Hollywood’s New Villain: CD-Burning DaughtersCourtesy of Sony/HBO
It’s a tough time for screen villains these days. Russians are out, unless they’re billionaire tycoons hiding their motives behind basketballs. Terrorists? Sharks? Alan Rickman? Passé, passé, passé. That’s why we’re thrilled to note the recent emergence of a new and nefarious threat to Hollywood heroes everywhere: the dreaded daughter.
Of course, it’s not as if fictional female offspring are running around hijacking planes, robbing banks, or threatening genocide via throwing a magic alien crystal in the ocean. Rather, they are serving as roadblocks to their respective fathers’ right to the American dream: life, liberty, and the pursuit of seven-figure contracts. Their weapon of choice? The mixtape.
Earlier this month the finale of Entourage turned on Ari’s precocious eldest daughter chastising her midlife crisis-ing dad for ignoring her. Well, not her exactly, more the demo she gave him of a “pop opera” combo she had discovered. One play on the office soundsystem — and one gaggle of normal, professional facial expressions — later, Ari has quit the business he’d spent years building, reconciled with his cook-olding wife, and moved his entire family to Italy. Wait, what? Radical upheaval of work, marriage, and home all because a mouthy high-schooler thinks she found the next Il Divo in the wilds of Brentwood? Imagine if she had discovered Texas Is the Reason!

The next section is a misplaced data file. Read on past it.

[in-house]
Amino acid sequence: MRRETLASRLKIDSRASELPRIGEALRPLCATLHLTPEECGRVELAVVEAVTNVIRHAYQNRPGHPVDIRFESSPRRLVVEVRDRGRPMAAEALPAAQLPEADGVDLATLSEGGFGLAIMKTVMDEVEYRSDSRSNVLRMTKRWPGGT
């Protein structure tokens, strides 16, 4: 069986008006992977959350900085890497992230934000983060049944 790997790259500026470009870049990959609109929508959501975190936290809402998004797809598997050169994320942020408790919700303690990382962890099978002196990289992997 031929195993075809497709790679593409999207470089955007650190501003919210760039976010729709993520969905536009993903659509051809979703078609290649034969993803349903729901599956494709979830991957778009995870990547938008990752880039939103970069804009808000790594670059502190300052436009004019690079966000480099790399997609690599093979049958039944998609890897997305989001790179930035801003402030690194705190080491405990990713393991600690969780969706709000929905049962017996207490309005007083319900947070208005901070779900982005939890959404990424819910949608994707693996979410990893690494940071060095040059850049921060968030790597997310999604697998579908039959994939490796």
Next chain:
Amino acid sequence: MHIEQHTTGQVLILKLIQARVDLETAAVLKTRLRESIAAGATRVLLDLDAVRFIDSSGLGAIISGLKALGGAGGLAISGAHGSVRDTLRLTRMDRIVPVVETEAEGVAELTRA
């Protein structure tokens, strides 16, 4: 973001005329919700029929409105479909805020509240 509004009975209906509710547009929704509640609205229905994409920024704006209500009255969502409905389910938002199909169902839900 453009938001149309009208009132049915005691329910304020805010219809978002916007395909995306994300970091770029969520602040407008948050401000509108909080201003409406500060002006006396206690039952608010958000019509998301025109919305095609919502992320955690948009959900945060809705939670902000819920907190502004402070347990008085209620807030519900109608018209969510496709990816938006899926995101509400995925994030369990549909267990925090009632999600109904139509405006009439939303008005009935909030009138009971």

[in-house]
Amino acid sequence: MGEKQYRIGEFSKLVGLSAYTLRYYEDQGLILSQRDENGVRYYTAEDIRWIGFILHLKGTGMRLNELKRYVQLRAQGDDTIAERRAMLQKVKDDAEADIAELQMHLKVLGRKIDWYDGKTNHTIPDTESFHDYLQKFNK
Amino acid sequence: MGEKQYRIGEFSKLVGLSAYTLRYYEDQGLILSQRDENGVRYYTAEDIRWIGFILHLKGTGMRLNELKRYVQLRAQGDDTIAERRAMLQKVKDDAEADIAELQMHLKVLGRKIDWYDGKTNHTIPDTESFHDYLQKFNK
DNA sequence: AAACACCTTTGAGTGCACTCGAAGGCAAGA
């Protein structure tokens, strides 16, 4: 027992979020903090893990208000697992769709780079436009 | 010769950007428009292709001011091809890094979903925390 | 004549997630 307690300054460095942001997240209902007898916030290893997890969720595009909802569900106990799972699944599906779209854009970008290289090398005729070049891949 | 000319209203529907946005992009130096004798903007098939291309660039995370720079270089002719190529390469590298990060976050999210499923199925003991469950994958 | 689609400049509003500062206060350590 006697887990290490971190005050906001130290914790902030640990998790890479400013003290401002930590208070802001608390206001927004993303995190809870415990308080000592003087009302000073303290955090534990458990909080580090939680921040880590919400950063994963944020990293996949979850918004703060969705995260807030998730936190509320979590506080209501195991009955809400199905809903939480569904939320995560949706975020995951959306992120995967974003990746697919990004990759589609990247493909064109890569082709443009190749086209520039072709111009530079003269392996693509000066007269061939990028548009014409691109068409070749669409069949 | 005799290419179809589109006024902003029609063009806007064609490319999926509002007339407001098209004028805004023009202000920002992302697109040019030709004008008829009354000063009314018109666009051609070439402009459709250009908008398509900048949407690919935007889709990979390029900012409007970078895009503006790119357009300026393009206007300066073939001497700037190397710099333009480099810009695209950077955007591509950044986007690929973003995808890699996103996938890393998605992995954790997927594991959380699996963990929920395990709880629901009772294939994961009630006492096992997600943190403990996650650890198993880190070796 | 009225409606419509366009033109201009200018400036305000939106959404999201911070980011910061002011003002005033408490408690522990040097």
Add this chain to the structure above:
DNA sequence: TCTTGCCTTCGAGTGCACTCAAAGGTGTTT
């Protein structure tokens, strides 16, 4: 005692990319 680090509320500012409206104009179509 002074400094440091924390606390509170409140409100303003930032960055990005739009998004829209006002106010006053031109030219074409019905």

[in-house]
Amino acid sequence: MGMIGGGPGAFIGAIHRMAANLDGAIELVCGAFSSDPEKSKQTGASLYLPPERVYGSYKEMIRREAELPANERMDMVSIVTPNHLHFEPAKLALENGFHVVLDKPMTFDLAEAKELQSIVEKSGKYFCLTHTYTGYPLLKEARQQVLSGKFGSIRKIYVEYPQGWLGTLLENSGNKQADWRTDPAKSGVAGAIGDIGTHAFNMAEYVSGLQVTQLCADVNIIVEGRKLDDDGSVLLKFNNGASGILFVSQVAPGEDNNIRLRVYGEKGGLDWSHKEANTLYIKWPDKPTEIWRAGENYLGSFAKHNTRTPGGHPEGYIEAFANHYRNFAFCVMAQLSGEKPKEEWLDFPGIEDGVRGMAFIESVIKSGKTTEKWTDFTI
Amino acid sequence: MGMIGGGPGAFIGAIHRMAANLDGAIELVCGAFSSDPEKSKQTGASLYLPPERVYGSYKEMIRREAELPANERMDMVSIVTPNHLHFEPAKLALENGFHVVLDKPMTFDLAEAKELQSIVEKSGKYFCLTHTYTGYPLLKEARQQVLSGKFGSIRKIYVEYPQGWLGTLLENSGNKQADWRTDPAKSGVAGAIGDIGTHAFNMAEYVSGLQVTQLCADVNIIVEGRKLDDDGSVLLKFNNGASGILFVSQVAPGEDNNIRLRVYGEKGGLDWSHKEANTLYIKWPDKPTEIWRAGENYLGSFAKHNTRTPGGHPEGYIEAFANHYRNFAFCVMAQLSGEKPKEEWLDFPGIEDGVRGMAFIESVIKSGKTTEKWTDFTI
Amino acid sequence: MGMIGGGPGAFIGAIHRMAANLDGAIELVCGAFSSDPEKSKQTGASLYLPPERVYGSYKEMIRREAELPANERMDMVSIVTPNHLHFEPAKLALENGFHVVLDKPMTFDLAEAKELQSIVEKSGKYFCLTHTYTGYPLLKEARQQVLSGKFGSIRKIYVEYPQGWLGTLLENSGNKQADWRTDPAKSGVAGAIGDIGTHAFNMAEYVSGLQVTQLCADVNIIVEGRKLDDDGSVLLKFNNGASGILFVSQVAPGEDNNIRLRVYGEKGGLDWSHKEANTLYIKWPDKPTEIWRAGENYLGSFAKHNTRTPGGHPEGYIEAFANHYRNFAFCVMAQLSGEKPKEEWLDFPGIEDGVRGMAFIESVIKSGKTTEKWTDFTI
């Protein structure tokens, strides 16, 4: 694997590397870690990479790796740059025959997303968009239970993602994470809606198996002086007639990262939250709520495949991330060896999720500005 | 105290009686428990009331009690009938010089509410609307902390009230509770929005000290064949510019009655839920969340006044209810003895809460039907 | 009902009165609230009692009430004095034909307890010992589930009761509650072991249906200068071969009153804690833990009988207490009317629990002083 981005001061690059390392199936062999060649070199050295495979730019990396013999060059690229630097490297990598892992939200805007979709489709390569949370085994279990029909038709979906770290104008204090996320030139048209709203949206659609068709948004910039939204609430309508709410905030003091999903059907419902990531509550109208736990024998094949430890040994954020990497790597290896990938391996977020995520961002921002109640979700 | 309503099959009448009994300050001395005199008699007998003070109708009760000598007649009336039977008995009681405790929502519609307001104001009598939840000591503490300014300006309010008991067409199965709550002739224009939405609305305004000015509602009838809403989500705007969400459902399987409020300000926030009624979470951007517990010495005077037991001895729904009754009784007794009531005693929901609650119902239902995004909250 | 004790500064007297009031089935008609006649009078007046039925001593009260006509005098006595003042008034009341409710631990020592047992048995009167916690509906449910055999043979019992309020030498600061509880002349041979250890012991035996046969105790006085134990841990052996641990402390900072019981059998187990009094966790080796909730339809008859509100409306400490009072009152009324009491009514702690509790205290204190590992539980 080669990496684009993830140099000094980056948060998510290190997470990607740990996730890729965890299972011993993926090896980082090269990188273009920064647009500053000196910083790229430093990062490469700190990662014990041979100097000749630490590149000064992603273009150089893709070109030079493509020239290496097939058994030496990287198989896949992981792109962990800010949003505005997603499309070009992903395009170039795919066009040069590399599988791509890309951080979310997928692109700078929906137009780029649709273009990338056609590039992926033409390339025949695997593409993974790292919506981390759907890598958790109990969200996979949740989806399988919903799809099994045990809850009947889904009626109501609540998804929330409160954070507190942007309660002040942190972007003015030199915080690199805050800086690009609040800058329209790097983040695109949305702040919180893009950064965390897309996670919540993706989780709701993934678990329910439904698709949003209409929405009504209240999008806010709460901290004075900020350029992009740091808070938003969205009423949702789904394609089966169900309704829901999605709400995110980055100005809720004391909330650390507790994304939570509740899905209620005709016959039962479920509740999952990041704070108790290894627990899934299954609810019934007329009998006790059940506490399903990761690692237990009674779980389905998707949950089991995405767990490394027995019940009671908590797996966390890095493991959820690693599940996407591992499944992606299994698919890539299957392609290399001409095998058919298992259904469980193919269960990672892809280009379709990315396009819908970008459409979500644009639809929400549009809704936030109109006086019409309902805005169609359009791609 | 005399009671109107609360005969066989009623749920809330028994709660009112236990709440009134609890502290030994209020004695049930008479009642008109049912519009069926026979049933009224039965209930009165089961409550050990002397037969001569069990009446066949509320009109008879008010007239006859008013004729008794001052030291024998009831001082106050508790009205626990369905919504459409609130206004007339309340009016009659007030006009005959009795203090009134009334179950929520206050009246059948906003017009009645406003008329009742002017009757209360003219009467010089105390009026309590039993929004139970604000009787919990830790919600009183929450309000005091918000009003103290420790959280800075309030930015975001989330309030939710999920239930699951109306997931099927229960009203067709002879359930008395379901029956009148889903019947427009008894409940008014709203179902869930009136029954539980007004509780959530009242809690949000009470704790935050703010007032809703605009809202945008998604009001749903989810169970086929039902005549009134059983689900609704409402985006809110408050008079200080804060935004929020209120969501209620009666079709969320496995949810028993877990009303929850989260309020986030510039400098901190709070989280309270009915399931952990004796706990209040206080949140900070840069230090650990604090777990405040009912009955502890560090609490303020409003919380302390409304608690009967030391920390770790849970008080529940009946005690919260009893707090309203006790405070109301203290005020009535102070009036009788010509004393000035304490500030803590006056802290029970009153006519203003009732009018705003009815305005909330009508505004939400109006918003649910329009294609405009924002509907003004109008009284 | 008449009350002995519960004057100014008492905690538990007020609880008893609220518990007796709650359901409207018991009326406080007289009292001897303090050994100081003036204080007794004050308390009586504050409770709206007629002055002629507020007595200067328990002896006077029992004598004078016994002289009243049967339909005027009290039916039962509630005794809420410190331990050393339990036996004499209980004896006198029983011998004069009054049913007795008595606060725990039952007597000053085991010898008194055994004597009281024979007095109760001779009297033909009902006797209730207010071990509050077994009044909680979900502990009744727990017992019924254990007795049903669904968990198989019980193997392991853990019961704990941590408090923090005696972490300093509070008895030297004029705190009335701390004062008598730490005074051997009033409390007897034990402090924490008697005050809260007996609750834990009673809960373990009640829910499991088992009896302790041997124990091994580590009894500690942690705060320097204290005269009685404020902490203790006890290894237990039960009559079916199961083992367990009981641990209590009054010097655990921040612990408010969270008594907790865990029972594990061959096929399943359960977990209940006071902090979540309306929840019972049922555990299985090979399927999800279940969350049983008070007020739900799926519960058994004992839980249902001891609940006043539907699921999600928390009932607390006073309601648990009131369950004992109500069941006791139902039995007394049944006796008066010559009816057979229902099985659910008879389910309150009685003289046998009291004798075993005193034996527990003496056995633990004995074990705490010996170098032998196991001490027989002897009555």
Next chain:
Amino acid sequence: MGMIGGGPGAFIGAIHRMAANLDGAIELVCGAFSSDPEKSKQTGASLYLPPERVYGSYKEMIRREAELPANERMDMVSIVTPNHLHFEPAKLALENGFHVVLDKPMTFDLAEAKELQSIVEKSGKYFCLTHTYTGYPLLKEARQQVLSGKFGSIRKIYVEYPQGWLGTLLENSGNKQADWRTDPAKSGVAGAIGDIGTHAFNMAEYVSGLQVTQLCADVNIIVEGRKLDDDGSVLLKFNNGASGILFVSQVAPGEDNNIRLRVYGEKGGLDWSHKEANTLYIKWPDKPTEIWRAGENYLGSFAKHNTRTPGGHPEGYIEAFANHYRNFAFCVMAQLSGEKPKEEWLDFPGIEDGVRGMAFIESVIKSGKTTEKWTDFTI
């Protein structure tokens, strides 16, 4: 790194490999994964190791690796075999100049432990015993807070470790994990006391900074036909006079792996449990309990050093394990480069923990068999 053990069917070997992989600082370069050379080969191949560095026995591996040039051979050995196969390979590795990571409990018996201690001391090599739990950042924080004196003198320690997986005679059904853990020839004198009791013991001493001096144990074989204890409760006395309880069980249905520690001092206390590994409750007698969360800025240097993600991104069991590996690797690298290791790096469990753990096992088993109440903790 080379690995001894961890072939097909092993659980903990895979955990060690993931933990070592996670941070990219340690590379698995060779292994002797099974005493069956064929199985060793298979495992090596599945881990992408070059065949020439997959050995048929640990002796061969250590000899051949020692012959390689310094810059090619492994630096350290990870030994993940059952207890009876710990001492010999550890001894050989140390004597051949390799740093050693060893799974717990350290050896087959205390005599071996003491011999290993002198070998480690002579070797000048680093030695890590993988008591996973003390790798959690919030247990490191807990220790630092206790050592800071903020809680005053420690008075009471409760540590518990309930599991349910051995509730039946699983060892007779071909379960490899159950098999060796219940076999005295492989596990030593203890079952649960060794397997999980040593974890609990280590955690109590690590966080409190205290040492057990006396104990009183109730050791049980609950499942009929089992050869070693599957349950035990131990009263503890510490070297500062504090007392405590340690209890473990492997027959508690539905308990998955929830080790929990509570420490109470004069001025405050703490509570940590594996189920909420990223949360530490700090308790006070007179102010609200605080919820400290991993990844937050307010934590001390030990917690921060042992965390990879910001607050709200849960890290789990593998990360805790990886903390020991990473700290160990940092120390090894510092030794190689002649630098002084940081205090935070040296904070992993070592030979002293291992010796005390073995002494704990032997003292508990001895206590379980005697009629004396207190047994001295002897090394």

The trend continued at the multiplex last weekend with the deus ex machina of Moneyball, already among the best-reviewed movies of the autumn. For years, Michael Lewis’ book was considered unfilmable — a statistics-driven story with an affable hero but no real conflict or villain. And then screenwriters Steven Zaillian and Aaron Sorkin got their Oscar-stained hands on it, transforming Billy Beane’s life into a twisted familial struggle so sinister even Oedipus would blush. As anyone who has paid a passing attention to “facts” can tell you, in 2003 the real-life Beane passed up the chance to take on his dream job as general manager of the Boston Red Sox, a year before the team was transformed once and for all from lovable losers into insufferable champions. But to hear Zaillian and Sorkin tell it, it wasn’t a fondness for the NoCal way of life that caused Beane to renege, or even an uncharacteristic loss of faith in his own abilities. No, what derailed Beane’s career — exiling him to another decade racking up losses in a decrepit football stadium — was his daughter’s demo tape. It wasn’t increased pressure, Bambino curses, or lack of year-round farmer’s markets that kept Beane from Beantown: It was the sound of his eldest crooning a twee-folk jam that wouldn’t be recorded for five more years. There’s no crying in baseball, of course — but after this vicious twist, maybe there should be.
So be careful, movie dads! The engine for your own personal destruction may be lurking in the next bedroom, burning with resentment or just burning CDs. They grow up so fast.